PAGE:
On the subject of soldiers, you’ll be guided by a South Korean soldier on this strictly controlled tour around the JSA. They’ll point out seemingly ordinary spots which have a bloody history, the poignant examples being the place where two U.S. soldiers were hacked to death with axes by North Korean soldiers as they pruned a tree.

The Conference Room

This room is within the JSA area. For a place that looks dull on first appearance, it’s crammed with history and makes for a truly fascinating place – more so that any other generic four-walled building. This is the room where the 1953 armistice agreement was signed between North Korea, the U.S., China, and the U.N command. Quick recap: this was the agreement that brought about the start of demilitarising after the ceasefire. (Again, you can check out our history of the DMZ post for more history waffles).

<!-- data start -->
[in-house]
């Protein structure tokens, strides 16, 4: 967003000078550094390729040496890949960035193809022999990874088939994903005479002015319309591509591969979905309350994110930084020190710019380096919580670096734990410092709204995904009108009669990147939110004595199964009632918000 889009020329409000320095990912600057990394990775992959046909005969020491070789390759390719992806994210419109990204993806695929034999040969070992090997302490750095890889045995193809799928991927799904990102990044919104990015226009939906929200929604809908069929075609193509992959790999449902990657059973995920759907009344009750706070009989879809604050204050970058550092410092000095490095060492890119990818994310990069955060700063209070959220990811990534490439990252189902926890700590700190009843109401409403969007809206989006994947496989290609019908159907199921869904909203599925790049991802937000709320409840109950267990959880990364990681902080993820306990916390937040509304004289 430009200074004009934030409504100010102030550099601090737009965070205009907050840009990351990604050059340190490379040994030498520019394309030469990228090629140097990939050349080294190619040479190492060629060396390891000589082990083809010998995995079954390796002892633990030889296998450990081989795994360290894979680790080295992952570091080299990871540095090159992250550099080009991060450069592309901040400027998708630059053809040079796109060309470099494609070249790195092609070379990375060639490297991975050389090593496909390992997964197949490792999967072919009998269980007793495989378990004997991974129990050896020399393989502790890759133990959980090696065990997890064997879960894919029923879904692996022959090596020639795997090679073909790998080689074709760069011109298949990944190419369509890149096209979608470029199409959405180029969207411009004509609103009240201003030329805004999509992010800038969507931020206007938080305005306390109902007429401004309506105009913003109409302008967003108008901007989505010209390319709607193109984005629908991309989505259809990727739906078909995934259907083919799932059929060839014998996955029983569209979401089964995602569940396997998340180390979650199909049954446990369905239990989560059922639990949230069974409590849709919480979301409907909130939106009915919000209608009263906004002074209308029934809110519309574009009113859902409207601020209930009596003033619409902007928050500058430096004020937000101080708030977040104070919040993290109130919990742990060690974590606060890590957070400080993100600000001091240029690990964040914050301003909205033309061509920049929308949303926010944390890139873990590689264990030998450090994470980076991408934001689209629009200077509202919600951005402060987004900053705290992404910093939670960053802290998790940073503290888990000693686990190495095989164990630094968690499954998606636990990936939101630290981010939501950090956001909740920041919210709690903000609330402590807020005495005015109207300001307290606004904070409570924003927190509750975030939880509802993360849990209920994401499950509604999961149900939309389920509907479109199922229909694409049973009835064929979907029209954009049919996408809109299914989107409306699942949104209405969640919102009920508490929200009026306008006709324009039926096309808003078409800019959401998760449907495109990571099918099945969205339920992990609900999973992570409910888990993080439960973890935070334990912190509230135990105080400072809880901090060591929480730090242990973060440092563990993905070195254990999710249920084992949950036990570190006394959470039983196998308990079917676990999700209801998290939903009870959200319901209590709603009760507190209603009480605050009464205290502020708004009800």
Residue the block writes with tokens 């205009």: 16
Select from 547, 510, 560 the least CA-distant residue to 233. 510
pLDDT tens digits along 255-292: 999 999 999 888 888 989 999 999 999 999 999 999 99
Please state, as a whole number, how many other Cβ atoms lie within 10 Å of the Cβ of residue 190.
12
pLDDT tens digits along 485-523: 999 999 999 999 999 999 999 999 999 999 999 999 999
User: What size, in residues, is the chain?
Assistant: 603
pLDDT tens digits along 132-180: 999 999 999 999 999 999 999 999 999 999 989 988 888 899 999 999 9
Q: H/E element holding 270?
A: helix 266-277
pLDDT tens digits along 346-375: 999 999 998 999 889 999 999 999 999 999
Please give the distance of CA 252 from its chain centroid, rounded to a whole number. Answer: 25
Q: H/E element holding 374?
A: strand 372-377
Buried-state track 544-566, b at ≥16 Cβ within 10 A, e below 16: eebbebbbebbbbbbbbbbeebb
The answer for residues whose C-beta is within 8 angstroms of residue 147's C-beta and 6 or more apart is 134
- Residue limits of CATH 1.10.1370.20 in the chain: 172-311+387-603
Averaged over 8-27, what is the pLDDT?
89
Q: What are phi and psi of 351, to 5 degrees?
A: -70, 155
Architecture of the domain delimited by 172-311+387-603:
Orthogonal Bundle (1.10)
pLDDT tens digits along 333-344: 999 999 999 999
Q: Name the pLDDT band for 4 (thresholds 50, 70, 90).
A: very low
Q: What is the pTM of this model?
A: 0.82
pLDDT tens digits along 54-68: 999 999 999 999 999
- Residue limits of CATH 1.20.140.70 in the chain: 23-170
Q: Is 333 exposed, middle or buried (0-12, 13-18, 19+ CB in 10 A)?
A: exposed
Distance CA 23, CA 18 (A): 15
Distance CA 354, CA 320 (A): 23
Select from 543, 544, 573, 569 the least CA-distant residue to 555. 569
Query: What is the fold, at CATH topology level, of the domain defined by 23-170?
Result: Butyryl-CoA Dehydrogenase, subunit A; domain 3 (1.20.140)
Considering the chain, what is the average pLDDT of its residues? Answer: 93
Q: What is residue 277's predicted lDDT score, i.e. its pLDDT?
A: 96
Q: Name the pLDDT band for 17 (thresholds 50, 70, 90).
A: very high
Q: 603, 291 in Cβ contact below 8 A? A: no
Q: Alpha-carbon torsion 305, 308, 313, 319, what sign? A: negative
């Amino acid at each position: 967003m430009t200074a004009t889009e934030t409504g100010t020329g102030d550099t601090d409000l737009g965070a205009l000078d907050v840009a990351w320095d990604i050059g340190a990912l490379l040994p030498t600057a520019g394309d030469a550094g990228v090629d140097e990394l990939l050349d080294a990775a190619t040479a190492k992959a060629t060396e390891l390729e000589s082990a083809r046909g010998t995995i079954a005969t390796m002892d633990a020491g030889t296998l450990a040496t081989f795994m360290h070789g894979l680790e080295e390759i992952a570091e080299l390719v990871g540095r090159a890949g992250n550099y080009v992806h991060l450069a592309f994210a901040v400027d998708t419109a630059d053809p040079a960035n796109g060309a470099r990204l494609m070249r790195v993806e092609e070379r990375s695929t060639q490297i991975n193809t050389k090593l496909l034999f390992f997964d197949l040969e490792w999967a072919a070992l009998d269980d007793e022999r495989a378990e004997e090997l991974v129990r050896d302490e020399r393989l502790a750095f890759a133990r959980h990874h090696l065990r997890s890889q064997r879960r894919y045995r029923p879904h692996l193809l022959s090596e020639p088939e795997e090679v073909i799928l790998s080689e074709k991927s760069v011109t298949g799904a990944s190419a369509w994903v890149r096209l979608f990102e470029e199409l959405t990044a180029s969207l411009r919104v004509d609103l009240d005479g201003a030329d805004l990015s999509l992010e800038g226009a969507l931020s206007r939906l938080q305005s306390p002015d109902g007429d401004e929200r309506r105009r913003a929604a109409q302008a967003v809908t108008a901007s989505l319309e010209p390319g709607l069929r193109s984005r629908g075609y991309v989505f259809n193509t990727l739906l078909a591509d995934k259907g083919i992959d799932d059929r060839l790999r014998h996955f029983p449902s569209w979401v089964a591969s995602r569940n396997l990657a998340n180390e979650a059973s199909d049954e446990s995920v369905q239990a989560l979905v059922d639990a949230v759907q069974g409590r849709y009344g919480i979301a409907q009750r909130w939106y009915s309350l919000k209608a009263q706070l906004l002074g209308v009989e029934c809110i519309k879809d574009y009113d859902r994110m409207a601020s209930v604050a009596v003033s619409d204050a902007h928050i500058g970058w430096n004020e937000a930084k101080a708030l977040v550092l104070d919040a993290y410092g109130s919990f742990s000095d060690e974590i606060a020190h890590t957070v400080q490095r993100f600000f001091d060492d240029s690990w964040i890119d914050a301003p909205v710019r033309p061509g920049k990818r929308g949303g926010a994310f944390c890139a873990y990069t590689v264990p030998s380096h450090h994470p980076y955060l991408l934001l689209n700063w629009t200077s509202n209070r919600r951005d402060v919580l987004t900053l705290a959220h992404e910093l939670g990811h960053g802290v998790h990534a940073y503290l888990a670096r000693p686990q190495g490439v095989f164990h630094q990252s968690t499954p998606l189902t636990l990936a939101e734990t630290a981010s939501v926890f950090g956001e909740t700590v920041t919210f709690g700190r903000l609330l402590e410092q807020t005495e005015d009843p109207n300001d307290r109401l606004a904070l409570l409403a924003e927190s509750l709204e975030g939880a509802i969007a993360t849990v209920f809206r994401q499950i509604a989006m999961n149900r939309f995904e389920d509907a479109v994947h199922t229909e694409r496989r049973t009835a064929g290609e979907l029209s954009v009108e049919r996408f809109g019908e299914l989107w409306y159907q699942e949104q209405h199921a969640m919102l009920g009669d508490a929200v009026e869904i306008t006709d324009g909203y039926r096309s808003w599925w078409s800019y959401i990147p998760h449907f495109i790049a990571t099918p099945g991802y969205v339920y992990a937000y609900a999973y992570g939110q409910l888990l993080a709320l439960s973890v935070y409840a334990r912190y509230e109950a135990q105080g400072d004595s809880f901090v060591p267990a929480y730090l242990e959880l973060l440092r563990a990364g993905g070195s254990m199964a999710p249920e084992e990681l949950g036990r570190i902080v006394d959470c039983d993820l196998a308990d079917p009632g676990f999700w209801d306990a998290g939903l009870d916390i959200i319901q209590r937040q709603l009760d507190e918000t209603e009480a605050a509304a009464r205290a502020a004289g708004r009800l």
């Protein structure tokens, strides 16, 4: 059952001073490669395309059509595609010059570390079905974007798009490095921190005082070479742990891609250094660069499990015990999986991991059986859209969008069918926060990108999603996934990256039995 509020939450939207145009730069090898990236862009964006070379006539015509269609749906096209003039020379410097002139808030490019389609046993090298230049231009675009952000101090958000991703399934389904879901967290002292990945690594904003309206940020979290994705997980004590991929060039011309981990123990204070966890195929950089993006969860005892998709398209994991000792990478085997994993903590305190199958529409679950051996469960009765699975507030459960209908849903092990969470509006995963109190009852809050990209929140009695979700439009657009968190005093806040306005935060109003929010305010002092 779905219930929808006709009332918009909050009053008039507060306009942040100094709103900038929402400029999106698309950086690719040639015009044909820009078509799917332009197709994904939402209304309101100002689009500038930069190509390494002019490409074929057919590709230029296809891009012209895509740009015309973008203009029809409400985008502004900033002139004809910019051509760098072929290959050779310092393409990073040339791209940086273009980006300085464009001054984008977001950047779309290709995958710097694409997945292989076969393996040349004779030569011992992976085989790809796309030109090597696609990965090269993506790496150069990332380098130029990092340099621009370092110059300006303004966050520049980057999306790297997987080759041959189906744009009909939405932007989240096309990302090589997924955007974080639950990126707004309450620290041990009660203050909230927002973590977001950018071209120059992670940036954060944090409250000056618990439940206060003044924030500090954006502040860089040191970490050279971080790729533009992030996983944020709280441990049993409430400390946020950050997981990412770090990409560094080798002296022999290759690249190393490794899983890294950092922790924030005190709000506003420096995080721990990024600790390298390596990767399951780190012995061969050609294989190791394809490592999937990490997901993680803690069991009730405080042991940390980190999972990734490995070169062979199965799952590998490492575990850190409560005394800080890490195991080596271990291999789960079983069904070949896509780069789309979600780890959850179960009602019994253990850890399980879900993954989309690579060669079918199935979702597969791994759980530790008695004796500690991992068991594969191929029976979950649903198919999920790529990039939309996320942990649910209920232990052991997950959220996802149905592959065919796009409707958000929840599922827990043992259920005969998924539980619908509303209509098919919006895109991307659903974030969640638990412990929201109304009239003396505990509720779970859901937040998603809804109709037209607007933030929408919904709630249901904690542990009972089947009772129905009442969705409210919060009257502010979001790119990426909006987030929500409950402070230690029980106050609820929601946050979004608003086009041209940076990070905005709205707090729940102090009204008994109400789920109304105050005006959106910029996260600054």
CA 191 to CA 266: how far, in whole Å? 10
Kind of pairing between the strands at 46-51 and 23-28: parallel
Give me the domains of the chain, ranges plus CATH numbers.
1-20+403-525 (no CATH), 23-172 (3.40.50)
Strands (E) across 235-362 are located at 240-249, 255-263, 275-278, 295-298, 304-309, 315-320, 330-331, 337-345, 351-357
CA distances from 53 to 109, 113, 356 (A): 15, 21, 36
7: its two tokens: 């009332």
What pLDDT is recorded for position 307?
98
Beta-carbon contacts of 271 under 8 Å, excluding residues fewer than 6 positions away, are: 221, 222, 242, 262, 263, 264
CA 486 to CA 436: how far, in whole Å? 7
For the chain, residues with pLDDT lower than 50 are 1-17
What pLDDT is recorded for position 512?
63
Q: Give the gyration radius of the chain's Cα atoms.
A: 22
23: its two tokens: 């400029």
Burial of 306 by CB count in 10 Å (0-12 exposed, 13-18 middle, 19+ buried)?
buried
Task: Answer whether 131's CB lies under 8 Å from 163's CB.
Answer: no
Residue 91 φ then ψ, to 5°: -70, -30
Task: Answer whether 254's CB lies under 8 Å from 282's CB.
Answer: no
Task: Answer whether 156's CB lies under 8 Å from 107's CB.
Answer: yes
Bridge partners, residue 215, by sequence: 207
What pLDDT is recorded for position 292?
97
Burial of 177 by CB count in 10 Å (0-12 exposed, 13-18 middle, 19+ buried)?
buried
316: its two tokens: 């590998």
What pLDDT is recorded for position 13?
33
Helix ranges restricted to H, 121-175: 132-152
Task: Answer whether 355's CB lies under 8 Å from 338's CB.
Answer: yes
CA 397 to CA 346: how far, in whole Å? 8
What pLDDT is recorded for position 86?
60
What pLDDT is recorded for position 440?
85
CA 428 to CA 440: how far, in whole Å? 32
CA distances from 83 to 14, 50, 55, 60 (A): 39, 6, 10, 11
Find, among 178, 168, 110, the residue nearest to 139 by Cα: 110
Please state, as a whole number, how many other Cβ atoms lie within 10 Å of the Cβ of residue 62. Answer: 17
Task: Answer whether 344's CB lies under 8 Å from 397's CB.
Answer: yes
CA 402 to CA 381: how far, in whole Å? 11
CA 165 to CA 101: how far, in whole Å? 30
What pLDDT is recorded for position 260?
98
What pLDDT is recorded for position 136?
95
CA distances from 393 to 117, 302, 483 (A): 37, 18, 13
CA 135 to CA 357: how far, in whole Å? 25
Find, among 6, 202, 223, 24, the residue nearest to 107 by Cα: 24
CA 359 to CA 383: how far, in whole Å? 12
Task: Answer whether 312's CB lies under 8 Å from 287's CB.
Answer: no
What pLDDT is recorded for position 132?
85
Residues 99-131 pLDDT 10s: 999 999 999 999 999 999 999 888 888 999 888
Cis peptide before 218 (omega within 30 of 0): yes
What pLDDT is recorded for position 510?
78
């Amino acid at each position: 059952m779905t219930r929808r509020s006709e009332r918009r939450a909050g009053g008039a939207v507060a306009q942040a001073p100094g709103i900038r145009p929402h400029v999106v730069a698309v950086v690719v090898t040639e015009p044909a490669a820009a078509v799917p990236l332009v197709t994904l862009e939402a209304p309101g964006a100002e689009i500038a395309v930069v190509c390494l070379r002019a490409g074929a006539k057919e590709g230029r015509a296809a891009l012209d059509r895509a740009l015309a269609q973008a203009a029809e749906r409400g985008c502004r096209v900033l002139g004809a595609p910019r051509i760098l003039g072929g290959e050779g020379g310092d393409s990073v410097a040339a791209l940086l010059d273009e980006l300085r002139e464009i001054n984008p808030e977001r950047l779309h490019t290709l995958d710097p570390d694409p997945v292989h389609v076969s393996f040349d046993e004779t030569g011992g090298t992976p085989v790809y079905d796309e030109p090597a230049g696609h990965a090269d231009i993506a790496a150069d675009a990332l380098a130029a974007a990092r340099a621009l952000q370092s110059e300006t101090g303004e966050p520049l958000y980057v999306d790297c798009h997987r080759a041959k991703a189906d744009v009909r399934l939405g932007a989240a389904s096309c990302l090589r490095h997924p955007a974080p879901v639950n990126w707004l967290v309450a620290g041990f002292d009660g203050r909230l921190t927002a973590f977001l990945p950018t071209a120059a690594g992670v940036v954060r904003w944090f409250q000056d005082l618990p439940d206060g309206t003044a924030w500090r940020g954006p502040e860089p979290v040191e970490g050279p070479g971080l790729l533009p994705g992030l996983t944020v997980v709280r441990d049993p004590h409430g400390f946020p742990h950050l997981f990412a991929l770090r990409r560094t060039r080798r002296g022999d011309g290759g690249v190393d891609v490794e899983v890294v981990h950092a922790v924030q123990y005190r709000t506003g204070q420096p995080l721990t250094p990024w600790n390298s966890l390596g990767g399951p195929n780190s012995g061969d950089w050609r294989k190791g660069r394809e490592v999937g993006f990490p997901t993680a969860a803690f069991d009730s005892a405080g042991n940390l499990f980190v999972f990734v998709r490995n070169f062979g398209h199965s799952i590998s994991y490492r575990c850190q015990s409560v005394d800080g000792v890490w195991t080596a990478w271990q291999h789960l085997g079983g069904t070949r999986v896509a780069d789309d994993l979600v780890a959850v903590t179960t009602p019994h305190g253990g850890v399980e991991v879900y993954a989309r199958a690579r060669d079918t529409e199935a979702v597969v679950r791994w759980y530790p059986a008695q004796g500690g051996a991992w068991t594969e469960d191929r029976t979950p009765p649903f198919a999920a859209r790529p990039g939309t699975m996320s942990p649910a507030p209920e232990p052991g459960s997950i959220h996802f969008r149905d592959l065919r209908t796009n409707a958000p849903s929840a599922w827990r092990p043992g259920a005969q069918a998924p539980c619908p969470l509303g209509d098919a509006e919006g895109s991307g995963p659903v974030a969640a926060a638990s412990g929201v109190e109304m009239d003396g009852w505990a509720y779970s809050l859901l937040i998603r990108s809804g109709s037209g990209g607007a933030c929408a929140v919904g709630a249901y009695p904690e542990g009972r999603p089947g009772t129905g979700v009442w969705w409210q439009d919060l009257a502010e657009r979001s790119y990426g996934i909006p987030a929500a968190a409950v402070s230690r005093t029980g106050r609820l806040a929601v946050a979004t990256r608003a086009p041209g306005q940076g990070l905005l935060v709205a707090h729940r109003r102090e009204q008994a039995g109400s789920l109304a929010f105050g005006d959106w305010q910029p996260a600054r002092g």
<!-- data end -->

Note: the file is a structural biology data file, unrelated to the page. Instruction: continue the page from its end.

At the time of writing, it’s also the only place where you can technically step into North Korea. The demarcation line which divides the country in two also cuts through this room. So, if you walk from one side of the room to the other, then you’re in North Korea – albeit for a grand total of five minutes.

Daeseong-dong and Gijeong-dong

These two take neighbour rivalry to new heights entirely which not even the producers of Desperate Housewives could attempt to recreate. Daeseong-dong is the village in the south, and Gijeong-dong is in the north. Gijeong-dong, which translates to ‘Peace Village’ has been renamed ‘Propaganda Village’ by the South. The reason for this is that the entire village is believed to be empty. It is supposedly home to hundreds of families, but practically no movement has ever been seen there. And if that didn’t make you raise your eyebrows skeptically – the lights from the homes in this village click on and off at the exact same time every single day. Suspish.